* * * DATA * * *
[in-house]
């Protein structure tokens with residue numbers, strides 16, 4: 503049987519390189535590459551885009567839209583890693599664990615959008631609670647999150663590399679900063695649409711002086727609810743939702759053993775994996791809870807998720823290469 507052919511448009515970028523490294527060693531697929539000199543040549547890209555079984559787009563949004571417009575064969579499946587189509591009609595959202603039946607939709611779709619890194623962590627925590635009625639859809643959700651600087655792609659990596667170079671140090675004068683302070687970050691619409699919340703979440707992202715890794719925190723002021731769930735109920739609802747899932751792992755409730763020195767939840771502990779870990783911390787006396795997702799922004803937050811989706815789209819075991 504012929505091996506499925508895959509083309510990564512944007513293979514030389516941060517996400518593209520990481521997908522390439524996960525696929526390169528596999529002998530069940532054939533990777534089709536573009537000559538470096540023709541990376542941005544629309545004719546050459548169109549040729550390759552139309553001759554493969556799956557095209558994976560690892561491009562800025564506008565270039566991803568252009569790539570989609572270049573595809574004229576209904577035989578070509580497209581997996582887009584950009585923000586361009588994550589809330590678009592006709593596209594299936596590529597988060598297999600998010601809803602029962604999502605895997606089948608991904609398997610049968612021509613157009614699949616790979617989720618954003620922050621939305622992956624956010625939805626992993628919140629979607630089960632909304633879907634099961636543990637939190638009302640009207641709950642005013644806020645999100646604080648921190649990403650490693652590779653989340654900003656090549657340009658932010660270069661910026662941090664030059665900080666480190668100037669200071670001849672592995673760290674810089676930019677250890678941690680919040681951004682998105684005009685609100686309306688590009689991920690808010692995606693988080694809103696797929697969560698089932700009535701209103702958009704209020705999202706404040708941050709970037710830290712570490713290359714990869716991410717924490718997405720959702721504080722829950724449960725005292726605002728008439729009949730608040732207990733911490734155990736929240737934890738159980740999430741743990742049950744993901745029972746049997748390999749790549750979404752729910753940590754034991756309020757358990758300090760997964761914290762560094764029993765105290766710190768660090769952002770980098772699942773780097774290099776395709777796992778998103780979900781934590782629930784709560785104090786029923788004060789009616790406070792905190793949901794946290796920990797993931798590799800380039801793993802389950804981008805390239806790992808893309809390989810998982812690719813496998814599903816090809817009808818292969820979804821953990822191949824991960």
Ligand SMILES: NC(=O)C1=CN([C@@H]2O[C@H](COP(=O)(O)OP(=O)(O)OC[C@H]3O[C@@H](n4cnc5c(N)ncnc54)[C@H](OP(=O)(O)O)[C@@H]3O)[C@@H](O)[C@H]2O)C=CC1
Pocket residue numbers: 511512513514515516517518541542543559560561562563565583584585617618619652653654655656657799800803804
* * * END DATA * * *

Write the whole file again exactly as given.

[in-house]
């Protein structure tokens with residue numbers, strides 16, 4: 503049987519390189535590459551885009567839209583890693599664990615959008631609670647999150663590399679900063695649409711002086727609810743939702759053993775994996791809870807998720823290469 507052919511448009515970028523490294527060693531697929539000199543040549547890209555079984559787009563949004571417009575064969579499946587189509591009609595959202603039946607939709611779709619890194623962590627925590635009625639859809643959700651600087655792609659990596667170079671140090675004068683302070687970050691619409699919340703979440707992202715890794719925190723002021731769930735109920739609802747899932751792992755409730763020195767939840771502990779870990783911390787006396795997702799922004803937050811989706815789209819075991 504012929505091996506499925508895959509083309510990564512944007513293979514030389516941060517996400518593209520990481521997908522390439524996960525696929526390169528596999529002998530069940532054939533990777534089709536573009537000559538470096540023709541990376542941005544629309545004719546050459548169109549040729550390759552139309553001759554493969556799956557095209558994976560690892561491009562800025564506008565270039566991803568252009569790539570989609572270049573595809574004229576209904577035989578070509580497209581997996582887009584950009585923000586361009588994550589809330590678009592006709593596209594299936596590529597988060598297999600998010601809803602029962604999502605895997606089948608991904609398997610049968612021509613157009614699949616790979617989720618954003620922050621939305622992956624956010625939805626992993628919140629979607630089960632909304633879907634099961636543990637939190638009302640009207641709950642005013644806020645999100646604080648921190649990403650490693652590779653989340654900003656090549657340009658932010660270069661910026662941090664030059665900080666480190668100037669200071670001849672592995673760290674810089676930019677250890678941690680919040681951004682998105684005009685609100686309306688590009689991920690808010692995606693988080694809103696797929697969560698089932700009535701209103702958009704209020705999202706404040708941050709970037710830290712570490713290359714990869716991410717924490718997405720959702721504080722829950724449960725005292726605002728008439729009949730608040732207990733911490734155990736929240737934890738159980740999430741743990742049950744993901745029972746049997748390999749790549750979404752729910753940590754034991756309020757358990758300090760997964761914290762560094764029993765105290766710190768660090769952002770980098772699942773780097774290099776395709777796992778998103780979900781934590782629930784709560785104090786029923788004060789009616790406070792905190793949901794946290796920990797993931798590799800380039801793993802389950804981008805390239806790992808893309809390989810998982812690719813496998814599903816090809817009808818292969820979804821953990822191949824991960």
Ligand SMILES: NC(=O)C1=CN([C@@H]2O[C@H](COP(=O)(O)OP(=O)(O)OC[C@H]3O[C@@H](n4cnc5c(N)ncnc54)[C@H](OP(=O)(O)O)[C@@H]3O)[C@@H](O)[C@H]2O)C=CC1
Pocket residue numbers: 511512513514515516517518541542543559560561562563565583584585617618619652653654655656657799800803804